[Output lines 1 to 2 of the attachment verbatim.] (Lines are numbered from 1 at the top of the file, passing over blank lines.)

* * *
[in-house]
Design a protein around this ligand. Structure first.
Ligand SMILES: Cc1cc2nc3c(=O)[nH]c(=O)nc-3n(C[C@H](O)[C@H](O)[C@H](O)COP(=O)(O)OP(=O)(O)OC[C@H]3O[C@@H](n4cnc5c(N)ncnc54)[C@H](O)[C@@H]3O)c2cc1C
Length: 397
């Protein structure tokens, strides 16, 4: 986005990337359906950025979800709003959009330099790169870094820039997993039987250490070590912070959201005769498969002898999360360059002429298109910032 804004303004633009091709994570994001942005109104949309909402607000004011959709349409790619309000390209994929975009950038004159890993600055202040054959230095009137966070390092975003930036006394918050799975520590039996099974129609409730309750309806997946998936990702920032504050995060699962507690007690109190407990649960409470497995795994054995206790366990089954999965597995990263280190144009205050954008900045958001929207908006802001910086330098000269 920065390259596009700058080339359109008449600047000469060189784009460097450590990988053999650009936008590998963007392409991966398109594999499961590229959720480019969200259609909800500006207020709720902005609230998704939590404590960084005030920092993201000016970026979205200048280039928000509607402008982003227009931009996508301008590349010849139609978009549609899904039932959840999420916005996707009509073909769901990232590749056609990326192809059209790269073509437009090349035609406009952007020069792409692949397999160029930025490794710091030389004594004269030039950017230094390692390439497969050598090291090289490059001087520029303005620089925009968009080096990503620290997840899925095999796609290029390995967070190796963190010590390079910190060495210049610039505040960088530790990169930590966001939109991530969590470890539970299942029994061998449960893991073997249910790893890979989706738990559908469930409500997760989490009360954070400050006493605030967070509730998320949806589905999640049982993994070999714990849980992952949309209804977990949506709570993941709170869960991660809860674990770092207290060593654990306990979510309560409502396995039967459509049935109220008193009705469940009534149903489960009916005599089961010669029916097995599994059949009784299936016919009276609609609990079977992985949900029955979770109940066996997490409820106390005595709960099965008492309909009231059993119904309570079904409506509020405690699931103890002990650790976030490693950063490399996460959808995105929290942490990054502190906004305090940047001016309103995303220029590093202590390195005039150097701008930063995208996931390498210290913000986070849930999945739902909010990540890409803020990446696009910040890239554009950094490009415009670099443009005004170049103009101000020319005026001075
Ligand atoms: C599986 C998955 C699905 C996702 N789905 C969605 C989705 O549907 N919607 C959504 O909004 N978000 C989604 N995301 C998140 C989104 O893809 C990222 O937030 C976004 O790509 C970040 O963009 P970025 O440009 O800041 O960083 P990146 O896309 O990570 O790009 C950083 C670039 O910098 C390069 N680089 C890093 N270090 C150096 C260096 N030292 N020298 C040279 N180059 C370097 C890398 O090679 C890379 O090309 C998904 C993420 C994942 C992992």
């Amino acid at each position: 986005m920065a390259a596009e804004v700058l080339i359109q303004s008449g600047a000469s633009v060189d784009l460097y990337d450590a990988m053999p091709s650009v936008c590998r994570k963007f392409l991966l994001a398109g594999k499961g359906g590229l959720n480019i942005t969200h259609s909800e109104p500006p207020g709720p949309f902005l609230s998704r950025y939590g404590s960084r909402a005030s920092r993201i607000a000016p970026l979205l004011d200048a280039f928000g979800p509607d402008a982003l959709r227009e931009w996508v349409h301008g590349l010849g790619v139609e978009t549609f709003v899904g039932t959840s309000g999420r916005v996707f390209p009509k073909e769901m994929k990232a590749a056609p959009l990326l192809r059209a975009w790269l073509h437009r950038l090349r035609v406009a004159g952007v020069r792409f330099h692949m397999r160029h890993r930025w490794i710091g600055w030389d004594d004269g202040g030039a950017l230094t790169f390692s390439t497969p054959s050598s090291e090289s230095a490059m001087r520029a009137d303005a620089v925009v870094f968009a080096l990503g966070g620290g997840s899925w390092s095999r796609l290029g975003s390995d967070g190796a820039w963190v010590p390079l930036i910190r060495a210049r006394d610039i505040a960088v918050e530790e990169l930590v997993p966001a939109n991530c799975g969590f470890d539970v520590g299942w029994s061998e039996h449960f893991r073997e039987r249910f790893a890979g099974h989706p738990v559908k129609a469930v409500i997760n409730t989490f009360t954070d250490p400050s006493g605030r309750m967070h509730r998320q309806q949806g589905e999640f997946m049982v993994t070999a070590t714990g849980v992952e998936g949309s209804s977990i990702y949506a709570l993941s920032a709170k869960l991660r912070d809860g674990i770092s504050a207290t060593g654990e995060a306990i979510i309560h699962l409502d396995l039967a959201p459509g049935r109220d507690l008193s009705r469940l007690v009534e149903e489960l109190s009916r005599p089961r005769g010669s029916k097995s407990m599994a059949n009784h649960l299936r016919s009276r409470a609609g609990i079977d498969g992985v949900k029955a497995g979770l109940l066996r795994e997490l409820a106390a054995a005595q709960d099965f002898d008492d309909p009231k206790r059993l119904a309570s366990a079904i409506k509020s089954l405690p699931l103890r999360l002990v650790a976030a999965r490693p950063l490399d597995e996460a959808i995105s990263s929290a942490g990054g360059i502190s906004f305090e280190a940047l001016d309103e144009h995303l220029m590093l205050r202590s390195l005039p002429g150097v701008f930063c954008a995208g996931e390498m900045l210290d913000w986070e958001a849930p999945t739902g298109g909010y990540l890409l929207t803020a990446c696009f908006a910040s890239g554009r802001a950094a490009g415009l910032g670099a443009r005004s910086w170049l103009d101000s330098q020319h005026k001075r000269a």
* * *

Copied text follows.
[in-house]
Design a protein around this ligand. Structure first.